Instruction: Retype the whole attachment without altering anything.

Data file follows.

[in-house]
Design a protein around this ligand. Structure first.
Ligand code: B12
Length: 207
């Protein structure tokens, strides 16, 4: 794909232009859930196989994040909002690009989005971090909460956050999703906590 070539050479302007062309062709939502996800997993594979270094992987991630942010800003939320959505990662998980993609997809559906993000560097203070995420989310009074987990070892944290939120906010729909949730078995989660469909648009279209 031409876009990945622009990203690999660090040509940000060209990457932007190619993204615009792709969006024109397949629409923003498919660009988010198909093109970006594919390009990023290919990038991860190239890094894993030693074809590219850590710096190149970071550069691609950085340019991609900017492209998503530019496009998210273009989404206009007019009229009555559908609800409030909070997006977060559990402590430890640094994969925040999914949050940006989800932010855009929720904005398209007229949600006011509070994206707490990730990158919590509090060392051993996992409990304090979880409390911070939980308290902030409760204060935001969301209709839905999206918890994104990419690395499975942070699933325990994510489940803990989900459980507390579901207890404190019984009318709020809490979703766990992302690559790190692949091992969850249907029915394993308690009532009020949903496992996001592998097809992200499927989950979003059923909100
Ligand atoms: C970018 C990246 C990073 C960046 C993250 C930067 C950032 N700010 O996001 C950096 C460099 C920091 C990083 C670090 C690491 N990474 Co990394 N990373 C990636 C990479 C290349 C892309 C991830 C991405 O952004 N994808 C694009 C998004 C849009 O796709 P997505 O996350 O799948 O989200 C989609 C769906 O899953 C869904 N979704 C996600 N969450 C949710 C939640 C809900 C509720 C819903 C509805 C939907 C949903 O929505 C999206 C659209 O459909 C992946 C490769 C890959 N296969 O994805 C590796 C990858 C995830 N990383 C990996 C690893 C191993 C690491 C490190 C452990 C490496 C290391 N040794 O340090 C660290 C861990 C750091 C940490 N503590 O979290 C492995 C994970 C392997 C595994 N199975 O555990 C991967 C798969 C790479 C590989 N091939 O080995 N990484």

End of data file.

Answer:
[in-house]
Design a protein around this ligand. Structure first.
Ligand code: B12
Length: 207
């Protein structure tokens, strides 16, 4: 794909232009859930196989994040909002690009989005971090909460956050999703906590 070539050479302007062309062709939502996800997993594979270094992987991630942010800003939320959505990662998980993609997809559906993000560097203070995420989310009074987990070892944290939120906010729909949730078995989660469909648009279209 031409876009990945622009990203690999660090040509940000060209990457932007190619993204615009792709969006024109397949629409923003498919660009988010198909093109970006594919390009990023290919990038991860190239890094894993030693074809590219850590710096190149970071550069691609950085340019991609900017492209998503530019496009998210273009989404206009007019009229009555559908609800409030909070997006977060559990402590430890640094994969925040999914949050940006989800932010855009929720904005398209007229949600006011509070994206707490990730990158919590509090060392051993996992409990304090979880409390911070939980308290902030409760204060935001969301209709839905999206918890994104990419690395499975942070699933325990994510489940803990989900459980507390579901207890404190019984009318709020809490979703766990992302690559790190692949091992969850249907029915394993308690009532009020949903496992996001592998097809992200499927989950979003059923909100
Ligand atoms: C970018 C990246 C990073 C960046 C993250 C930067 C950032 N700010 O996001 C950096 C460099 C920091 C990083 C670090 C690491 N990474 Co990394 N990373 C990636 C990479 C290349 C892309 C991830 C991405 O952004 N994808 C694009 C998004 C849009 O796709 P997505 O996350 O799948 O989200 C989609 C769906 O899953 C869904 N979704 C996600 N969450 C949710 C939640 C809900 C509720 C819903 C509805 C939907 C949903 O929505 C999206 C659209 O459909 C992946 C490769 C890959 N296969 O994805 C590796 C990858 C995830 N990383 C990996 C690893 C191993 C690491 C490190 C452990 C490496 C290391 N040794 O340090 C660290 C861990 C750091 C940490 N503590 O979290 C492995 C994970 C392997 C595994 N199975 O555990 C991967 C798969 C790479 C590989 N091939 O080995 N990484």